I hope you don't end up needing to do anything so taxing that you don't have the energy to tell your Stories. Fortunately I think your muses wouldn't let that happen.
Donald Trump is a fucking idiot. If he is not an idiot, then his presentation is just ridiculous. I've watched 1.5 seasons of The Apprentice, and I seriously wonder how that self-absorbed egotistical ass-clown managed to find the success he has found.
Oh yeah, it was a lucky break amidst bankruptcies.
The thing is, he pays little mind to consequences, does what he feels like doing, and happens to get lucky.
The PEOPLE on the Apprentice are similar in their level of ass-clowniness. It's like watching a moron herding idiots and criticizing everything they do.
Intelligent people have a little more trouble taking risks, on account of they actually consider what they're doing, the consequences of actions, and the viability of a given endeavor. Intelligent people think. A lot. Which is usually good, but can be crippling.
You have a quick and agile mind. You seem to adapt to new situations with little trouble. You display a great deal of creativity.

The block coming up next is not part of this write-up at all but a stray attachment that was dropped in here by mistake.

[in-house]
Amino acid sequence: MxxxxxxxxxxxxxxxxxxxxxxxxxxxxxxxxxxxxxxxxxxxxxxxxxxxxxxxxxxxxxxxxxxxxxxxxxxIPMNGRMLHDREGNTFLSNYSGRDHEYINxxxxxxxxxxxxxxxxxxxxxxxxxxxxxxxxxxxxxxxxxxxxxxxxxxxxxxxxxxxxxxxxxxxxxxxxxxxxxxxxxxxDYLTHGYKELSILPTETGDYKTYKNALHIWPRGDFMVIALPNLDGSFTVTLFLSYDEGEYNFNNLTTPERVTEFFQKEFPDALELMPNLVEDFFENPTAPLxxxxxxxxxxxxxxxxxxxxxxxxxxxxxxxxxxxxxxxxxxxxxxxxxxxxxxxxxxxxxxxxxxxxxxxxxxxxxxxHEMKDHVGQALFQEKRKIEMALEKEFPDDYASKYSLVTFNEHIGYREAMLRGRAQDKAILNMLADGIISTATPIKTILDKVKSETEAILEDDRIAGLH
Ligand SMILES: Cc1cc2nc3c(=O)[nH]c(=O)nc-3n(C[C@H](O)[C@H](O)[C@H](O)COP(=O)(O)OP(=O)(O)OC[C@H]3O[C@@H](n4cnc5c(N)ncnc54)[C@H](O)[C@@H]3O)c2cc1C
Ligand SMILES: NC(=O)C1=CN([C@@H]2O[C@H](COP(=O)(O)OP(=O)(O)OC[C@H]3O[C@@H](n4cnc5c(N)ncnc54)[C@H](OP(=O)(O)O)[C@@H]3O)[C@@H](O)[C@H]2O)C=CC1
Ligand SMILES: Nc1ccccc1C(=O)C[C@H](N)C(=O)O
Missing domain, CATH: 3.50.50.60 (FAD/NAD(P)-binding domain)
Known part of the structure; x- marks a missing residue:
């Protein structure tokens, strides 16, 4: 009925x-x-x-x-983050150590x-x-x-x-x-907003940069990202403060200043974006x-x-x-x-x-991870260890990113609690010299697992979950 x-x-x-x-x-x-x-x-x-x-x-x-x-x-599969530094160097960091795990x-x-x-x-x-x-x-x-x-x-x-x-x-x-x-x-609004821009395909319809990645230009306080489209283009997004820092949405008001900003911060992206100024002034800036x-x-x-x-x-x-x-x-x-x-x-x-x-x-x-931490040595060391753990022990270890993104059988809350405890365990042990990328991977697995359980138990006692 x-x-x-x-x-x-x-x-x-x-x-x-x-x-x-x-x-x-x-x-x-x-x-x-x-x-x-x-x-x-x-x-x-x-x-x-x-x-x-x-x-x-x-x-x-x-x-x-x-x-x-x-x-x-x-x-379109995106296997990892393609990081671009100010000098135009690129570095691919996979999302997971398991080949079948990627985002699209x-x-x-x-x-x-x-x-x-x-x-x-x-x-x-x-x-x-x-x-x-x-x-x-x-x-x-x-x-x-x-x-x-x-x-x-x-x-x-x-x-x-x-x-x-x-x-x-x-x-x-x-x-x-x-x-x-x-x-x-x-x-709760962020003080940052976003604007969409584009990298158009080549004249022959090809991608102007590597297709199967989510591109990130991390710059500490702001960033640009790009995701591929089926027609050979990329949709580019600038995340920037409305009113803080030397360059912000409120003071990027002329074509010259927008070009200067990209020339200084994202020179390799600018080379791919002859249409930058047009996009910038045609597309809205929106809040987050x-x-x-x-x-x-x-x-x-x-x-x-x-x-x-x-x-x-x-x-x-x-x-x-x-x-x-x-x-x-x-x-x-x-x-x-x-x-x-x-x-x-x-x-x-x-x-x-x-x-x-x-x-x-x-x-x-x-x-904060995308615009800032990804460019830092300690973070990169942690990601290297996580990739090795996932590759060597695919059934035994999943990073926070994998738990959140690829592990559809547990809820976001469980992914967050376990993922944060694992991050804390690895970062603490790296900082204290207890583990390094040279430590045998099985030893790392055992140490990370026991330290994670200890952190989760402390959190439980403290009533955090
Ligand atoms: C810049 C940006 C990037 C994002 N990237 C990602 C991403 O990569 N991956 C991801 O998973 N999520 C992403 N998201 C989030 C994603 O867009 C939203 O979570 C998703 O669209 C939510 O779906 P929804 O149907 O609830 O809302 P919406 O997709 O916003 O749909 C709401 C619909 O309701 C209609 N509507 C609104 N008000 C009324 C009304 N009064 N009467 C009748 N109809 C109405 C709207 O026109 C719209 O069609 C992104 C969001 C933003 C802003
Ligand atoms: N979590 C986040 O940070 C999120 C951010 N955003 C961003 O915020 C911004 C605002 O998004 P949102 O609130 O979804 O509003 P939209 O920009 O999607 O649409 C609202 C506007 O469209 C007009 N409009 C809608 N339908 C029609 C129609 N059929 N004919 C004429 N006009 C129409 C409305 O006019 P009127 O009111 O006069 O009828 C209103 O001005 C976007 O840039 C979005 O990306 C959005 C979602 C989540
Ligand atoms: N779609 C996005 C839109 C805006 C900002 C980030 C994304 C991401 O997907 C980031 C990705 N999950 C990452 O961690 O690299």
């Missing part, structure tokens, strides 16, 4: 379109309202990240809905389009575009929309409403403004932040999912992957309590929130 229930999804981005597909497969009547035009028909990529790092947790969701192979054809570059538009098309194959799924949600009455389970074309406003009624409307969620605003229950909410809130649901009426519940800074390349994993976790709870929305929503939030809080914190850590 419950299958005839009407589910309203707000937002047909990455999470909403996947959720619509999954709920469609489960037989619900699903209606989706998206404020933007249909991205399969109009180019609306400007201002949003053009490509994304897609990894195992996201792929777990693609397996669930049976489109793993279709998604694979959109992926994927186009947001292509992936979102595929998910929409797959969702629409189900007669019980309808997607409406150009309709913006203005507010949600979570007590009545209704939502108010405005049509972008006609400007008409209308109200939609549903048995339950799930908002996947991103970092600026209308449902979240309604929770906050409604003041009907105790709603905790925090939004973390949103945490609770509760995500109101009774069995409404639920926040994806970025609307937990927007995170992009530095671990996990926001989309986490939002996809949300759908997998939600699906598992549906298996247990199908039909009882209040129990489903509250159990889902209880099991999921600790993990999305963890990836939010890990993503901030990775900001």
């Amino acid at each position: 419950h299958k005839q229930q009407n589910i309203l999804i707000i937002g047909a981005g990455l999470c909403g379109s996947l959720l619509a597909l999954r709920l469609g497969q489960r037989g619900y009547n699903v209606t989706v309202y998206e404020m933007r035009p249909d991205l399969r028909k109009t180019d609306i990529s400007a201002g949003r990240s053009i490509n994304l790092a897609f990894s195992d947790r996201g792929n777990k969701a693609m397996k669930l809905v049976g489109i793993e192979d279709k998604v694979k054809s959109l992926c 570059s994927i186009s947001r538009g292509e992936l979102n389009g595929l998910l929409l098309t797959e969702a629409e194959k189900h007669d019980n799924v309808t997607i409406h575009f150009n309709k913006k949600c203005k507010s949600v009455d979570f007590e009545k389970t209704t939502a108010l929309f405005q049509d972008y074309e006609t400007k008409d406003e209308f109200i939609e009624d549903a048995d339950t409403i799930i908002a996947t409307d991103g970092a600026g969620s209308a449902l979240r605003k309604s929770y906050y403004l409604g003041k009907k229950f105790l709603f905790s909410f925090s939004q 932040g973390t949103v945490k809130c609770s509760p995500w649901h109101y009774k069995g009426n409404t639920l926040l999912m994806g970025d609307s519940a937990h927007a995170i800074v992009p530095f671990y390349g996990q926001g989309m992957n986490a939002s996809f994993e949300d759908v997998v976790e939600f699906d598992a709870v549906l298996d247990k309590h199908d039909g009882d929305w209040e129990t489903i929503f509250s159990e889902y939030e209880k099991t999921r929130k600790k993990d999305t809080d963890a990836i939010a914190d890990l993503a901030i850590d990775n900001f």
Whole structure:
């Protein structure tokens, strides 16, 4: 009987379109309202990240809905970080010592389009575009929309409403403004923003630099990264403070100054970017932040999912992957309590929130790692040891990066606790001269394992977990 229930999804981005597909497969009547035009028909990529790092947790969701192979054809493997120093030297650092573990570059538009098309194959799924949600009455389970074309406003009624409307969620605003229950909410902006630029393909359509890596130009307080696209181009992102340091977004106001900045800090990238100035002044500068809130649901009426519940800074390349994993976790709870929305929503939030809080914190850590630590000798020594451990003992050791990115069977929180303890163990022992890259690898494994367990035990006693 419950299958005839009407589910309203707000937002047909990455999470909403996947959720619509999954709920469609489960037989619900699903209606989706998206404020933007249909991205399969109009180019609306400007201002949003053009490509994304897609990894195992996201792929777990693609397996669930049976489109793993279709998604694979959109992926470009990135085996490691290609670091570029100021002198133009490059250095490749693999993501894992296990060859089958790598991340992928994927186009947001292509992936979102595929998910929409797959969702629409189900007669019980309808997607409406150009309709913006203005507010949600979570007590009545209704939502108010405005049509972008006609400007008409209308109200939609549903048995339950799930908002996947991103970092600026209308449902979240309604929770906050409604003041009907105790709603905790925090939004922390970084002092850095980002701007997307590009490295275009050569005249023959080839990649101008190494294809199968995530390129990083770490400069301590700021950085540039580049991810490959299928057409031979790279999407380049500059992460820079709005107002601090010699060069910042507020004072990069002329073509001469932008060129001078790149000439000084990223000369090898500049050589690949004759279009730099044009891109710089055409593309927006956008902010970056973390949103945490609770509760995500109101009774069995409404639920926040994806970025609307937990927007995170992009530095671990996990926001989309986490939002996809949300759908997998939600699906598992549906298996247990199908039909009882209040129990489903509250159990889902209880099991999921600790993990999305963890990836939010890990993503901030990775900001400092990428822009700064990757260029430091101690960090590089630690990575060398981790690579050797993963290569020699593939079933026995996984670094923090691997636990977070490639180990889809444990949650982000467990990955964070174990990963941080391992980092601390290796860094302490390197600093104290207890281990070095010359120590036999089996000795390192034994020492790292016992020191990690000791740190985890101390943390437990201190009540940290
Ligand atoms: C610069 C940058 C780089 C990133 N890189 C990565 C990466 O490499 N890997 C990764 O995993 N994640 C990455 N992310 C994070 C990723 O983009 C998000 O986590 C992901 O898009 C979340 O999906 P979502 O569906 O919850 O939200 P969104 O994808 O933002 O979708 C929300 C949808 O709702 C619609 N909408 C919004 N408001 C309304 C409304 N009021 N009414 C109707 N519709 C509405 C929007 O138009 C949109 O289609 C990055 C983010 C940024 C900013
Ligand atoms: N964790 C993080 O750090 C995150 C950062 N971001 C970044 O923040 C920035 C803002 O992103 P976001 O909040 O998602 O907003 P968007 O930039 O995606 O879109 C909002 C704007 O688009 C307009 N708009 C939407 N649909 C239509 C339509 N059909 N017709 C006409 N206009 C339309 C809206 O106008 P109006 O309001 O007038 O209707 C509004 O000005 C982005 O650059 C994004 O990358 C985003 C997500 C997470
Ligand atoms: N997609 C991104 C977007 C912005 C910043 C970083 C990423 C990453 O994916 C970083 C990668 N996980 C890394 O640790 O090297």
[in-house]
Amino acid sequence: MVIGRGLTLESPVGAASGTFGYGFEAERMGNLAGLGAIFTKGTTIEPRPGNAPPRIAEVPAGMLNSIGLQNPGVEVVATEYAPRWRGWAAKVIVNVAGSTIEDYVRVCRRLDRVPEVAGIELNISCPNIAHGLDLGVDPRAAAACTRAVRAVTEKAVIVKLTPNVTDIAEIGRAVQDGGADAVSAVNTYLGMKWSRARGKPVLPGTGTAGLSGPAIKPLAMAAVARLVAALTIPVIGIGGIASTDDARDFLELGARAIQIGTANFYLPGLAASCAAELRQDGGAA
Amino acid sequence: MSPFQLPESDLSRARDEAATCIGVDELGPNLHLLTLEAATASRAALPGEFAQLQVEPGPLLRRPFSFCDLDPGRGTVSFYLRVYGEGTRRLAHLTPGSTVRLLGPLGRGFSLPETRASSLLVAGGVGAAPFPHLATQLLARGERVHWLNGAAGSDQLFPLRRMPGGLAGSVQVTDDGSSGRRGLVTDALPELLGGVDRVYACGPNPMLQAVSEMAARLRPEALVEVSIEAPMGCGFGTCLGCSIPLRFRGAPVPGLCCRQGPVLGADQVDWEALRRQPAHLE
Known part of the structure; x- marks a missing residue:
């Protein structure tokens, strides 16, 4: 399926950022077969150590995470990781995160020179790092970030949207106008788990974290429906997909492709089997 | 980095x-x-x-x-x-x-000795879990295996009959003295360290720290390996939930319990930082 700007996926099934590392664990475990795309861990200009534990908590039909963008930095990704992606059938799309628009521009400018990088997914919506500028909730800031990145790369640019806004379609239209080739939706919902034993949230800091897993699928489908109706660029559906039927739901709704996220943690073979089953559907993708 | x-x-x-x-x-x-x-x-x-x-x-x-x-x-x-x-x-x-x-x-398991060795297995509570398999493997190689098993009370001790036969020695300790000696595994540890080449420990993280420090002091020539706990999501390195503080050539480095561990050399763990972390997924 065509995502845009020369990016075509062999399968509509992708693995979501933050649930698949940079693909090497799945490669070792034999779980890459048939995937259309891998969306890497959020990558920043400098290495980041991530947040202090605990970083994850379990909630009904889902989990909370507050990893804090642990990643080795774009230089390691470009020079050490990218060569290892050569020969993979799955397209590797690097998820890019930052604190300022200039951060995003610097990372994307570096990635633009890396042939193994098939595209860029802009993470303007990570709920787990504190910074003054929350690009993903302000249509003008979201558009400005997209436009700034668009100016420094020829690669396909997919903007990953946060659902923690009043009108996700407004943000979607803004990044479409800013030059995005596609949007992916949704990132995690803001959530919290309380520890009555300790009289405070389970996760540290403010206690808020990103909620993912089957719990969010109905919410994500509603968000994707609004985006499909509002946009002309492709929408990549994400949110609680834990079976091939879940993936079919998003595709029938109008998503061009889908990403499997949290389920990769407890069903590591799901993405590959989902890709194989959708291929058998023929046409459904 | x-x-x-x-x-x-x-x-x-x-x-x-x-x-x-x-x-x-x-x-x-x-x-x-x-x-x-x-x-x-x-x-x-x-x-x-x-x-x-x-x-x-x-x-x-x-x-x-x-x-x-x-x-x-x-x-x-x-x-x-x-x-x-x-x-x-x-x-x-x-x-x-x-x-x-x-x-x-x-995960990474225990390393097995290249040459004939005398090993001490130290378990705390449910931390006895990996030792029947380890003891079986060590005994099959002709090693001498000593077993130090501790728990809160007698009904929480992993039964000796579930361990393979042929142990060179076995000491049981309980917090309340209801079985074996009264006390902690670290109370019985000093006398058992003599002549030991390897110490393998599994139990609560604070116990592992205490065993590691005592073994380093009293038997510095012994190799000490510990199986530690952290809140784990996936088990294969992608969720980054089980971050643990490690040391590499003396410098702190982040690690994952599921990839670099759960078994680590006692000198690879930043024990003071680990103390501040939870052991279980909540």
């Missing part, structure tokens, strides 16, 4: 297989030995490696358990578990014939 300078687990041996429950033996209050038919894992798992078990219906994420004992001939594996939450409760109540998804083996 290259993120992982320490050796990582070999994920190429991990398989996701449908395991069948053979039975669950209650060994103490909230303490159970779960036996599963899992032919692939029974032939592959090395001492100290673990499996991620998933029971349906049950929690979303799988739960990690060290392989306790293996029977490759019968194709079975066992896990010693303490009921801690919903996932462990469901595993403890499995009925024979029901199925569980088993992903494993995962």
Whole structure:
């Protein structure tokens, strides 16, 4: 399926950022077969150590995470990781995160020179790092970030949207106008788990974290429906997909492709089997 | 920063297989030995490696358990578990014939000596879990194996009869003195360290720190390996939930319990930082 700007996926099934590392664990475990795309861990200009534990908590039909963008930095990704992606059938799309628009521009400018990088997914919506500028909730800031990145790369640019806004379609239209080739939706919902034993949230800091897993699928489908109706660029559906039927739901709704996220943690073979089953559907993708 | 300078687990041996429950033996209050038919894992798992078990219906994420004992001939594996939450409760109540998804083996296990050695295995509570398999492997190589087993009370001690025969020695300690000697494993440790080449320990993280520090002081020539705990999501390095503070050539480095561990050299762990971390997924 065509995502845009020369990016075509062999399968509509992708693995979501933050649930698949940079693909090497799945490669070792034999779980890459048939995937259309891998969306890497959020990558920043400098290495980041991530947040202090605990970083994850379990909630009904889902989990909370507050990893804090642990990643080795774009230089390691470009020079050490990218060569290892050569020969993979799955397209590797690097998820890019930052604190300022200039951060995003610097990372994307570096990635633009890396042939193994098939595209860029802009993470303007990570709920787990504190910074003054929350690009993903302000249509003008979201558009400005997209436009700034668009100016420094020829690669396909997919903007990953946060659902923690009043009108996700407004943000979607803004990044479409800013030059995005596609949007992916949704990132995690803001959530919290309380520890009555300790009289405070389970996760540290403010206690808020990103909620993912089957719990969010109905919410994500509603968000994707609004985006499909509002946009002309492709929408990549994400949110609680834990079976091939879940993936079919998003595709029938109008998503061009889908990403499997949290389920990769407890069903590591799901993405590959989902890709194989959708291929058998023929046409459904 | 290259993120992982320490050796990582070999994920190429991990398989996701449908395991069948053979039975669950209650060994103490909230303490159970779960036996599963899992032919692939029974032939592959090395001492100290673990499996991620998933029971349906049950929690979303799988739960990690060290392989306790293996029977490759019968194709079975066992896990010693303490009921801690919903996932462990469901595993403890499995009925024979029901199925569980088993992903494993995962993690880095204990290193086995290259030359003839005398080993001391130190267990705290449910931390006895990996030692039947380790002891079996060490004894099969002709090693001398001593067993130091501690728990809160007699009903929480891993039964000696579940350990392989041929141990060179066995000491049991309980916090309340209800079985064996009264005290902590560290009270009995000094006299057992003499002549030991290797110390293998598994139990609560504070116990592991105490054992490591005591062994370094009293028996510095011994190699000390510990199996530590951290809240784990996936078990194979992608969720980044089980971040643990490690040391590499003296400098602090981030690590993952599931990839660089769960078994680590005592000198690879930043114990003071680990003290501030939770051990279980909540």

Take a lesson from the ass-clowns. Go ahead and let yourself do something without worrying whether or not it's a mistake. You'll land on your feet regardless.
My cousin works as crew on the set of the Apprentice. I asked him about Trump, and he said Trump was very nice...off camera. Also stated an anecdote that may not be true, but goes like this:
late 80's, Trump is going somewhere in the back of a limo, depressed. He's over $200 million in debt, in a lot of trouble, no idea what to do next.
The limo stops at a red light. Trump looks out and sees a bum there, begging for money. Someone drops a dollar bill into the bum's can. Trump things: "that guy's worth $200,000,001 more than me right now, and look at him, and then look at me." He grumps about that a second, then pauses and reflects on that.
At that moment, Trump attains enlightenment.
why can't you be frightfully successful in experimental science
and, a frightfully successful artist
and, frightfully add me back to your friend list
here is incentive
it's a picture of my new semi-transparent tool box
The fact that you have a safe place to land is exactly why you should take the risk and devote yourself to something you love. It may not be profitable or well received, but at least you'll have tried it. And honestly I don't think that you'll fail horribly at anything you set yourself to. One of the scariest things to do is put yourself entirely in your own hands, and I think yours are very capable.
You took the words right out of my navel.
Sorry, how rude of me. Just let me dust them off and then you can have them back.
Nothing wrong with a bit of fear. I think fear can drive you to do well, to really try. However, like someone above me said - you can do both. Maybe you can try the creative thing on a trial basis. Throw yourself into it. And having a back-up is just a lovely plus.